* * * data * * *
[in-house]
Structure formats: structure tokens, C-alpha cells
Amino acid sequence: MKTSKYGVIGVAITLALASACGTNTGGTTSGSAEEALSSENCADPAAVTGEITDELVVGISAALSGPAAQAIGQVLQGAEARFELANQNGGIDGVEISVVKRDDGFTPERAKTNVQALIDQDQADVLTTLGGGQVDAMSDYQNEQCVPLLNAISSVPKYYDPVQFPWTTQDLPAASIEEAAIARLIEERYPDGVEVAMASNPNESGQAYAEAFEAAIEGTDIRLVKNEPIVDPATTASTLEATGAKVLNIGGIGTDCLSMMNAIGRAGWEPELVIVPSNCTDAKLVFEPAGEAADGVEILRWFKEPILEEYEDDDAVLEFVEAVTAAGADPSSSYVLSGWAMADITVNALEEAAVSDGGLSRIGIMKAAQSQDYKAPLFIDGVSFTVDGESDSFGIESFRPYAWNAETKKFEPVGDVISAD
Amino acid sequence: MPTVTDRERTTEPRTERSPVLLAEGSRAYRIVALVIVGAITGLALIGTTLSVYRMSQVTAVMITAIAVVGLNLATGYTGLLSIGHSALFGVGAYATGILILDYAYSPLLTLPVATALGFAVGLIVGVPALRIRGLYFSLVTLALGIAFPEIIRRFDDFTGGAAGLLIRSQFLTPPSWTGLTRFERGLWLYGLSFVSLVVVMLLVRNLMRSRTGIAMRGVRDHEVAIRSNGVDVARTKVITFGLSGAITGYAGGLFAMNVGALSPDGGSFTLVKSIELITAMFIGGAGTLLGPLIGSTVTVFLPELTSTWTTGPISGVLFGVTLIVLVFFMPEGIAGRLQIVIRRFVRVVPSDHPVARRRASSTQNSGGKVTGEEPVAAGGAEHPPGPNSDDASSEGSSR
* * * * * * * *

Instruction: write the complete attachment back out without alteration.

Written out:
[in-house]
Structure formats: structure tokens, C-alpha cells
Amino acid sequence: MKTSKYGVIGVAITLALASACGTNTGGTTSGSAEEALSSENCADPAAVTGEITDELVVGISAALSGPAAQAIGQVLQGAEARFELANQNGGIDGVEISVVKRDDGFTPERAKTNVQALIDQDQADVLTTLGGGQVDAMSDYQNEQCVPLLNAISSVPKYYDPVQFPWTTQDLPAASIEEAAIARLIEERYPDGVEVAMASNPNESGQAYAEAFEAAIEGTDIRLVKNEPIVDPATTASTLEATGAKVLNIGGIGTDCLSMMNAIGRAGWEPELVIVPSNCTDAKLVFEPAGEAADGVEILRWFKEPILEEYEDDDAVLEFVEAVTAAGADPSSSYVLSGWAMADITVNALEEAAVSDGGLSRIGIMKAAQSQDYKAPLFIDGVSFTVDGESDSFGIESFRPYAWNAETKKFEPVGDVISAD
Amino acid sequence: MPTVTDRERTTEPRTERSPVLLAEGSRAYRIVALVIVGAITGLALIGTTLSVYRMSQVTAVMITAIAVVGLNLATGYTGLLSIGHSALFGVGAYATGILILDYAYSPLLTLPVATALGFAVGLIVGVPALRIRGLYFSLVTLALGIAFPEIIRRFDDFTGGAAGLLIRSQFLTPPSWTGLTRFERGLWLYGLSFVSLVVVMLLVRNLMRSRTGIAMRGVRDHEVAIRSNGVDVARTKVITFGLSGAITGYAGGLFAMNVGALSPDGGSFTLVKSIELITAMFIGGAGTLLGPLIGSTVTVFLPELTSTWTTGPISGVLFGVTLIVLVFFMPEGIAGRLQIVIRRFVRVVPSDHPVARRRASSTQNSGGKVTGEEPVAAGGAEHPPGPNSDDASSEGSSR